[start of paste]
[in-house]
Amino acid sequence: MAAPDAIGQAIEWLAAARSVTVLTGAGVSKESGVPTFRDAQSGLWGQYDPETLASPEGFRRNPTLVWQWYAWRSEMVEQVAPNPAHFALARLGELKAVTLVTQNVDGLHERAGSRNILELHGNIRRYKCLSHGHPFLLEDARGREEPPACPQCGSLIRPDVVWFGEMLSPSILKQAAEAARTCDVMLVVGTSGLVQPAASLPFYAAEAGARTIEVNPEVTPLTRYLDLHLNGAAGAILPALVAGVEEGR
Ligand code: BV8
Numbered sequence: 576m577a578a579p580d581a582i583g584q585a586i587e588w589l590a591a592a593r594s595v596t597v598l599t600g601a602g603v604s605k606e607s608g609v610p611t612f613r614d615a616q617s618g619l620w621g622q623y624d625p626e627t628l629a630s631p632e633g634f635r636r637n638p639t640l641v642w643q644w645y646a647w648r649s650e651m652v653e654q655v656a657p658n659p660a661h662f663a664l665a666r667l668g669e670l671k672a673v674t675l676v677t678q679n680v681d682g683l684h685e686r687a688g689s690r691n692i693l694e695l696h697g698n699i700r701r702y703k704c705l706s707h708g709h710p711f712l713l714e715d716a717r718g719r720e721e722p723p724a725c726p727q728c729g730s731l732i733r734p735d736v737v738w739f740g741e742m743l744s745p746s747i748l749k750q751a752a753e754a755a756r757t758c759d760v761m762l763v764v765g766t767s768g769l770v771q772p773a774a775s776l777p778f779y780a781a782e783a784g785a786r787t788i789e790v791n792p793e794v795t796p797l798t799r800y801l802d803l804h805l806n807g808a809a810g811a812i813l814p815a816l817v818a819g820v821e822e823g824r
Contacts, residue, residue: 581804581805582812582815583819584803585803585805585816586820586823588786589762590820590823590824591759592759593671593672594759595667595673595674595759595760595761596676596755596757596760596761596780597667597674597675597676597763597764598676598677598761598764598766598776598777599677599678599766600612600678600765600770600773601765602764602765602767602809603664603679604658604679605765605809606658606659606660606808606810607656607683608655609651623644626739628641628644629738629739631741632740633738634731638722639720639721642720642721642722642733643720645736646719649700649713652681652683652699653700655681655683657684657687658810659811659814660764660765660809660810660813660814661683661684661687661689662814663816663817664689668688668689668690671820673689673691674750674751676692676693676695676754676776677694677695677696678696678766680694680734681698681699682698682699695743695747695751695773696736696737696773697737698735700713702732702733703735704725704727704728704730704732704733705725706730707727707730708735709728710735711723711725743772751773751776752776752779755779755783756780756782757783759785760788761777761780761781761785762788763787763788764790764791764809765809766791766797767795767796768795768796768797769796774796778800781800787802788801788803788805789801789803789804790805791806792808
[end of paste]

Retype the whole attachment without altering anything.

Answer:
[in-house]
Amino acid sequence: MAAPDAIGQAIEWLAAARSVTVLTGAGVSKESGVPTFRDAQSGLWGQYDPETLASPEGFRRNPTLVWQWYAWRSEMVEQVAPNPAHFALARLGELKAVTLVTQNVDGLHERAGSRNILELHGNIRRYKCLSHGHPFLLEDARGREEPPACPQCGSLIRPDVVWFGEMLSPSILKQAAEAARTCDVMLVVGTSGLVQPAASLPFYAAEAGARTIEVNPEVTPLTRYLDLHLNGAAGAILPALVAGVEEGR
Ligand code: BV8
Numbered sequence: 576m577a578a579p580d581a582i583g584q585a586i587e588w589l590a591a592a593r594s595v596t597v598l599t600g601a602g603v604s605k606e607s608g609v610p611t612f613r614d615a616q617s618g619l620w621g622q623y624d625p626e627t628l629a630s631p632e633g634f635r636r637n638p639t640l641v642w643q644w645y646a647w648r649s650e651m652v653e654q655v656a657p658n659p660a661h662f663a664l665a666r667l668g669e670l671k672a673v674t675l676v677t678q679n680v681d682g683l684h685e686r687a688g689s690r691n692i693l694e695l696h697g698n699i700r701r702y703k704c705l706s707h708g709h710p711f712l713l714e715d716a717r718g719r720e721e722p723p724a725c726p727q728c729g730s731l732i733r734p735d736v737v738w739f740g741e742m743l744s745p746s747i748l749k750q751a752a753e754a755a756r757t758c759d760v761m762l763v764v765g766t767s768g769l770v771q772p773a774a775s776l777p778f779y780a781a782e783a784g785a786r787t788i789e790v791n792p793e794v795t796p797l798t799r800y801l802d803l804h805l806n807g808a809a810g811a812i813l814p815a816l817v818a819g820v821e822e823g824r
Contacts, residue, residue: 581804581805582812582815583819584803585803585805585816586820586823588786589762590820590823590824591759592759593671593672594759595667595673595674595759595760595761596676596755596757596760596761596780597667597674597675597676597763597764598676598677598761598764598766598776598777599677599678599766600612600678600765600770600773601765602764602765602767602809603664603679604658604679605765605809606658606659606660606808606810607656607683608655609651623644626739628641628644629738629739631741632740633738634731638722639720639721642720642721642722642733643720645736646719649700649713652681652683652699653700655681655683657684657687658810659811659814660764660765660809660810660813660814661683661684661687661689662814663816663817664689668688668689668690671820673689673691674750674751676692676693676695676754676776677694677695677696678696678766680694680734681698681699682698682699695743695747695751695773696736696737696773697737698735700713702732702733703735704725704727704728704730704732704733705725706730707727707730708735709728710735711723711725743772751773751776752776752779755779755783756780756782757783759785760788761777761780761781761785762788763787763788764790764791764809765809766791766797767795767796768795768796768797769796774796778800781800787802788801788803788805789801789803789804790805791806792808